The direwolves’ trail leads to a stream, but there are no footprints alongside it. Theon and his party split up but the trail seems to have disappeared. It begins to grow dark and Theon realizes that he has lost them. Reek tells Theon that he thinks the escapees might have sought shelter at a neighboring mill. Reek shows Theon Bran’s wolf pin, and Theon sends back most of the men, telling them that he knows where the boys are hiding. Luwin reminds him of his promise, but Theon says that he is through with mercy.
Bran’s realization that Jojen has been telling the truth marks a crucial moment in Bran’s development. In his previous chapter, Bran had begun to see that Jojen’s dreams might actually be prophetic, and here he finally admits to himself that he is a warg, that he can enter into and control Summer. This realization is liberating for Bran, as he sees that although his human body may be broken, as a wolf he is healthy and powerful. Unfortunately for Bran, this awakening occurs at the same moment that Jojen’s dream about the sea coming to Winterfell proves true. Too young to have had any suspicions about Theon’s loyalty, Bran can hardly believe it when Theon announces that he has taken over Winterfell, but he soon interprets Jojen’s dream correctly and sees that the sea drowned Winterfell in the sense that men from the Iron Islands seized the castle. Readers paying close attention may recall at this point Jojen’s other dream, about Reek skinning Bran and Rickon’s faces and the boys in the Winterfell crypts, and ask themselves how that dream might be interpreted.
In the character of Theon, the novel engages in one of its most explicit explorations of the effects of ambition and the quest for power on an individual. For Theon’s part, the conquest of Winterfell came off exactly as planned, but Theon does not seem fully satisfied with his victory. The people of Winterfell clearly resent and even hate him, regarding him as a traitor, and though he wants power more than he wants to be loved, it bothers him that people are so hostile to him. Theon struggles with what sort of ruler he should be. He wants to be respected and feared, and decides that it would be better to seem cruel than weak, but he cannot quite bring himself to fully embody this attitude. Theon makes a political calculation that Bran and Rickon are more valuable alive than dead, but his continued insistence that Robb was the only Stark who treated him well begins to seem like rationalizing rather than his true feelings. Theon wants power and has gone to great lengths to get it, but whether he has the skill or stomach to wield it remains to be seen. For now, his ambition does little but make him perpetually unsatisfied.
Learning how power and violence should be wielded has been an important part of Arya’s development, and in her chapter she finally uses her power for a more meaningful purpose than her personal satisfaction. The novel subtly shows Arya’s increasing intelligence through her final encounter with Jaqen. Previously, Arya tried a direct approach with Gendry. But that failed, and Arya learned that achieving her ends may require more clever and indirect means. By telling Jaqen his own name as that of the last person he must kill, Arya manipulates him into helping her by forcing him to either keep his word and kill himself or bend slightly to her will. Arya develops in another way as well. Thus far, she has kept her own hands clean while Jaqen killed on her behalf, but Jaqen shows her that she must learn to take full responsibility for her actions. Jaqen did not actually need Arya to carry the broth, but he wanted her to watch men die at her request, and by wiping the bloody sword on her clothes he emphasizes to her that these deaths are her doing.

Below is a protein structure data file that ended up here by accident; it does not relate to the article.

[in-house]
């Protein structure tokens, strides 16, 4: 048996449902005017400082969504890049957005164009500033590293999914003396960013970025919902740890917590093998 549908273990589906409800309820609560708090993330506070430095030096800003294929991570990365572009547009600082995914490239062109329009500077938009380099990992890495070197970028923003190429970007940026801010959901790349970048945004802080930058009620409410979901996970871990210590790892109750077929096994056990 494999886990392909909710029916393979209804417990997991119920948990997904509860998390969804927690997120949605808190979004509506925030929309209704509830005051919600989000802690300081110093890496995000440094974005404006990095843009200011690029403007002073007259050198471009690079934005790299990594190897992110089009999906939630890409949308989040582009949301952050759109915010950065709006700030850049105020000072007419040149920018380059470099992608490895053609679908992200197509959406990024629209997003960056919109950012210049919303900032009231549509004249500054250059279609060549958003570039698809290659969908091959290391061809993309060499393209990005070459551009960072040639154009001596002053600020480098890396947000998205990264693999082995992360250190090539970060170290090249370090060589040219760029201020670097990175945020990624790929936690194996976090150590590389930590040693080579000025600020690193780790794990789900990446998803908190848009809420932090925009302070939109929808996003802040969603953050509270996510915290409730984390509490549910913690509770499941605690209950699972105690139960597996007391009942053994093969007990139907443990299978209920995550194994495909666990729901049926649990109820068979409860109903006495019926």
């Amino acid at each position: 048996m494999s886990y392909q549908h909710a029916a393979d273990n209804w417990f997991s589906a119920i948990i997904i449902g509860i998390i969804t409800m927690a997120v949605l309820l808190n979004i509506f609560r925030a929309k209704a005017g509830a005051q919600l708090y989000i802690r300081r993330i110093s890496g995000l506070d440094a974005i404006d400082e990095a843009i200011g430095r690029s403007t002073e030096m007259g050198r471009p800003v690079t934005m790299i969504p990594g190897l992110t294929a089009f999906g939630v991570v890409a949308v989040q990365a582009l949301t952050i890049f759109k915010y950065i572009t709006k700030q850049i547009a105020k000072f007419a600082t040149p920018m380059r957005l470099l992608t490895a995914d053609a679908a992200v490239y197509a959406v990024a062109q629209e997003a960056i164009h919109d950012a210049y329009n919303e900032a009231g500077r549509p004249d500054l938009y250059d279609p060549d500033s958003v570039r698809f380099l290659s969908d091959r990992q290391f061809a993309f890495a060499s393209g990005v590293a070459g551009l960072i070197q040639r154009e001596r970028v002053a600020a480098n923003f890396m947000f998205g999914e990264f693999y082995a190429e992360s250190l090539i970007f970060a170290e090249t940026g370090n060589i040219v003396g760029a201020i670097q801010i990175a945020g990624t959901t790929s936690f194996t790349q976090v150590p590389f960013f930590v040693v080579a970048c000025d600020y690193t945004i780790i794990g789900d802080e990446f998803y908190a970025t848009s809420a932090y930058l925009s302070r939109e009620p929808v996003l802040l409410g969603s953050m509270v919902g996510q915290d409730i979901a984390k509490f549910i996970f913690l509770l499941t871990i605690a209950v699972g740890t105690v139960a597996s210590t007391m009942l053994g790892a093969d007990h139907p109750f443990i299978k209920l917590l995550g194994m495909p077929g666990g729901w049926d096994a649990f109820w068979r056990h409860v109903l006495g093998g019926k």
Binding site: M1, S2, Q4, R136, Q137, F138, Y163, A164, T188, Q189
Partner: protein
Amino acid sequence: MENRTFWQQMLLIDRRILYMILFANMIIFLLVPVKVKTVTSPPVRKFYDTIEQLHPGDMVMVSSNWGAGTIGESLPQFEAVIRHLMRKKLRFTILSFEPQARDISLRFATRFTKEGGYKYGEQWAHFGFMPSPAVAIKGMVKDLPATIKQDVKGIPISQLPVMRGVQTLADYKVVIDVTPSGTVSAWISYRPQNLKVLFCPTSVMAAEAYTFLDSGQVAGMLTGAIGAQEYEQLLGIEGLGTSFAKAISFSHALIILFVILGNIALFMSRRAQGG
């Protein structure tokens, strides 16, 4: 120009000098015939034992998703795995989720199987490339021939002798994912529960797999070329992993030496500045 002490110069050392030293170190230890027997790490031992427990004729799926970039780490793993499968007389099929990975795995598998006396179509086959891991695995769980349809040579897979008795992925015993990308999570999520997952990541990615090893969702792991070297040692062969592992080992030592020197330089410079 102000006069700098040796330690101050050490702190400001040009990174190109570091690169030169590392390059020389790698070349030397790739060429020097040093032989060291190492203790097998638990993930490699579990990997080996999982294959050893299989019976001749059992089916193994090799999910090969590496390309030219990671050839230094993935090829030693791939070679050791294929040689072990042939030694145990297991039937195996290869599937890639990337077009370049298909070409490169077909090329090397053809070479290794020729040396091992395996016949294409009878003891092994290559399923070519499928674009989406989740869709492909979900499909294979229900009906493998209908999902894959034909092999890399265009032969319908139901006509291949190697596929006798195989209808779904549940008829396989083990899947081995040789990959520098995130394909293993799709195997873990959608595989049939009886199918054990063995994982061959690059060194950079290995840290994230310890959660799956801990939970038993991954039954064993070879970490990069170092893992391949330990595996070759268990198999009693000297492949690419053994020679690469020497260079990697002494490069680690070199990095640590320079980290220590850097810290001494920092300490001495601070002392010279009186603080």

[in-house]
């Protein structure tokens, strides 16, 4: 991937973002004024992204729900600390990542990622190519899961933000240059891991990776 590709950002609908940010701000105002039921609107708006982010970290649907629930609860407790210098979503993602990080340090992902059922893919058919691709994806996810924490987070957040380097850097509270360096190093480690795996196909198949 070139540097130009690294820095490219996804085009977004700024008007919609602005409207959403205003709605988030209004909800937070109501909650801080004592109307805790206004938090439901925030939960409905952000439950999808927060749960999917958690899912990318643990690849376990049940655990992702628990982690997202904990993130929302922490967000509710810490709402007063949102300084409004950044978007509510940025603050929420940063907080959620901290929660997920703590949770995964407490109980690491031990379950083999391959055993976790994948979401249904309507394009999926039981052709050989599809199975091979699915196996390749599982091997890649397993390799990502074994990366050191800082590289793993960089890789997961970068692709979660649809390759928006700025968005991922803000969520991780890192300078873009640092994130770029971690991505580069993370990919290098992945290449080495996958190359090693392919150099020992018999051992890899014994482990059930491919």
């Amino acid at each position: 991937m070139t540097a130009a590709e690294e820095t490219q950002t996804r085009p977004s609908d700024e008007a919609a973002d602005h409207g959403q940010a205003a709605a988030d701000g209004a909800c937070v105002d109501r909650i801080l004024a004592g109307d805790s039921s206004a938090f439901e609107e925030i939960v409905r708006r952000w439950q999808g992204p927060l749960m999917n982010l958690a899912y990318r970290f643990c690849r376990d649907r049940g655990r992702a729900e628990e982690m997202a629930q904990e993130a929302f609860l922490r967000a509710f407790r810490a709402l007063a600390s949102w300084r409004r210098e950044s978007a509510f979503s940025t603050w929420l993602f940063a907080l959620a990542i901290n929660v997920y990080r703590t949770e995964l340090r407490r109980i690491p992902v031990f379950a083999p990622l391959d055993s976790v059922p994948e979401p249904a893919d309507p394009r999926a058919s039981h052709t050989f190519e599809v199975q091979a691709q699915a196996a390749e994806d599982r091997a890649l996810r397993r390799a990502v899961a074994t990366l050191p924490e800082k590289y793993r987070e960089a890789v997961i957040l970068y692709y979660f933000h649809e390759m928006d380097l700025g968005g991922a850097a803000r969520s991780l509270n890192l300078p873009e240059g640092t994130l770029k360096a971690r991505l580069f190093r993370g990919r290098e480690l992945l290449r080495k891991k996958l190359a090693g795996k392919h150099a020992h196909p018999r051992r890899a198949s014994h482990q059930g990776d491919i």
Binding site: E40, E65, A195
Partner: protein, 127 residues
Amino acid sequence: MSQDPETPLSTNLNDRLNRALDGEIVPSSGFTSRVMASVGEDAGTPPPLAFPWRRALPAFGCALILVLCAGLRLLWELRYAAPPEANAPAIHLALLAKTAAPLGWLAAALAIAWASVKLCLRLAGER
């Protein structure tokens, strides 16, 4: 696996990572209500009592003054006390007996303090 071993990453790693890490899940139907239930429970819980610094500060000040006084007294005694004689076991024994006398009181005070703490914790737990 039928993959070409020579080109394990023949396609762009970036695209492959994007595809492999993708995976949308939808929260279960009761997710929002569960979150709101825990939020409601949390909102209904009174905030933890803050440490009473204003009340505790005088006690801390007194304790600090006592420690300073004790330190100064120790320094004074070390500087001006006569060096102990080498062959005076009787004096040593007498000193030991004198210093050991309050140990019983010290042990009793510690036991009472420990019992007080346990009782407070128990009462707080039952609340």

The images Daenerys sees within the House of the Undying ones clearly have relevance to her ambitions to retake the Iron Throne, but what exactly they mean is unclear to both her and to the readers. In the interactions between Bran and Jojen, the novel has primed readers to see that metaphors and symbols must be interpreted if they are to be sensible. In Daenerys’s chapter he offers readers a riot of symbolic images, as the whole episode reads like a hallucinatory dream. Daenerys’s story can often feel far removed from the events in Westeros, and readers may wonder what it has to do with anything else. In the House of the Undying Ones, the novel poses a variety of possible futures for Daenerys and intrigues readers with the complex way in which these stories might intersect.
The small episode in Tyrion's chapter in which Tyrion reflects on Theon's conquest of Winterfell reveals yet more about his complex character. While Tyrion has tried to do good things as the Hand, like easing the oppression of the people of King’s Landing and protecting Sansa, these actions have also benefited the Lannisters. Theon’s assault on Winterfell is a further boon to the Lannisters—it effectively neutralizes the only opponent they have actually fought so far—but it does not sit well with Tyrion. He should be happy about it, but it feels wrong to him, like the violation of a principle. Tyrion shakes these thoughts off, but the mere fact that he had them shows the sense of morality that guides him. Tyrion may be conniving, but he has an honorable side, and by having Tyrion oppose something that benefits him, however briefly, the novel shows that Tyrion is capable of being motivated by feelings other than self-interest.